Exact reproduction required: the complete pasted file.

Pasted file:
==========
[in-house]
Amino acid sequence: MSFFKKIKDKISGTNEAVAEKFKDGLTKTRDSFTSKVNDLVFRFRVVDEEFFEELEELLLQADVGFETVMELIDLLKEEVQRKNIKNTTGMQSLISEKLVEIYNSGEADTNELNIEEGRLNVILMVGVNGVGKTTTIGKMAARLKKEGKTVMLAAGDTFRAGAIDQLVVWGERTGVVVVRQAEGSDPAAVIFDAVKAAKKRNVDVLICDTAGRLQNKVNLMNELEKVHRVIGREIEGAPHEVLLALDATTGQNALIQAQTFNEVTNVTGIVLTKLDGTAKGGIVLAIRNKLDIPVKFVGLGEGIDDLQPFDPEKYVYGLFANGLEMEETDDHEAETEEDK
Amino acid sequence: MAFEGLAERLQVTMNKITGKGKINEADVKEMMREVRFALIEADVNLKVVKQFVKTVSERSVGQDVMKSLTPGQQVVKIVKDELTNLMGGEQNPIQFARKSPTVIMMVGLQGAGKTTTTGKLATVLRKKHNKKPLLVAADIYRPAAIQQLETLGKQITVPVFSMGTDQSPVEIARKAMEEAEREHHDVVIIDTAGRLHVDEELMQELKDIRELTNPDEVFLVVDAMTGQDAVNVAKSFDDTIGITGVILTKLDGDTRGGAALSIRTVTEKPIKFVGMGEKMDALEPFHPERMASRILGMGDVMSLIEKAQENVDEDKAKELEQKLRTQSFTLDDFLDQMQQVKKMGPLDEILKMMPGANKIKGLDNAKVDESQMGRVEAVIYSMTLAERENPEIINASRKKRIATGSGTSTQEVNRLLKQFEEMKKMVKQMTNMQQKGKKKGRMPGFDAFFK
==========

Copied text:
[in-house]
Amino acid sequence: MSFFKKIKDKISGTNEAVAEKFKDGLTKTRDSFTSKVNDLVFRFRVVDEEFFEELEELLLQADVGFETVMELIDLLKEEVQRKNIKNTTGMQSLISEKLVEIYNSGEADTNELNIEEGRLNVILMVGVNGVGKTTTIGKMAARLKKEGKTVMLAAGDTFRAGAIDQLVVWGERTGVVVVRQAEGSDPAAVIFDAVKAAKKRNVDVLICDTAGRLQNKVNLMNELEKVHRVIGREIEGAPHEVLLALDATTGQNALIQAQTFNEVTNVTGIVLTKLDGTAKGGIVLAIRNKLDIPVKFVGLGEGIDDLQPFDPEKYVYGLFANGLEMEETDDHEAETEEDK
Amino acid sequence: MAFEGLAERLQVTMNKITGKGKINEADVKEMMREVRFALIEADVNLKVVKQFVKTVSERSVGQDVMKSLTPGQQVVKIVKDELTNLMGGEQNPIQFARKSPTVIMMVGLQGAGKTTTTGKLATVLRKKHNKKPLLVAADIYRPAAIQQLETLGKQITVPVFSMGTDQSPVEIARKAMEEAEREHHDVVIIDTAGRLHVDEELMQELKDIRELTNPDEVFLVVDAMTGQDAVNVAKSFDDTIGITGVILTKLDGDTRGGAALSIRTVTEKPIKFVGMGEKMDALEPFHPERMASRILGMGDVMSLIEKAQENVDEDKAKELEQKLRTQSFTLDDFLDQMQQVKKMGPLDEILKMMPGANKIKGLDNAKVDESQMGRVEAVIYSMTLAERENPEIINASRKKRIATGSGTSTQEVNRLLKQFEEMKKMVKQMTNMQQKGKKKGRMPGFDAFFK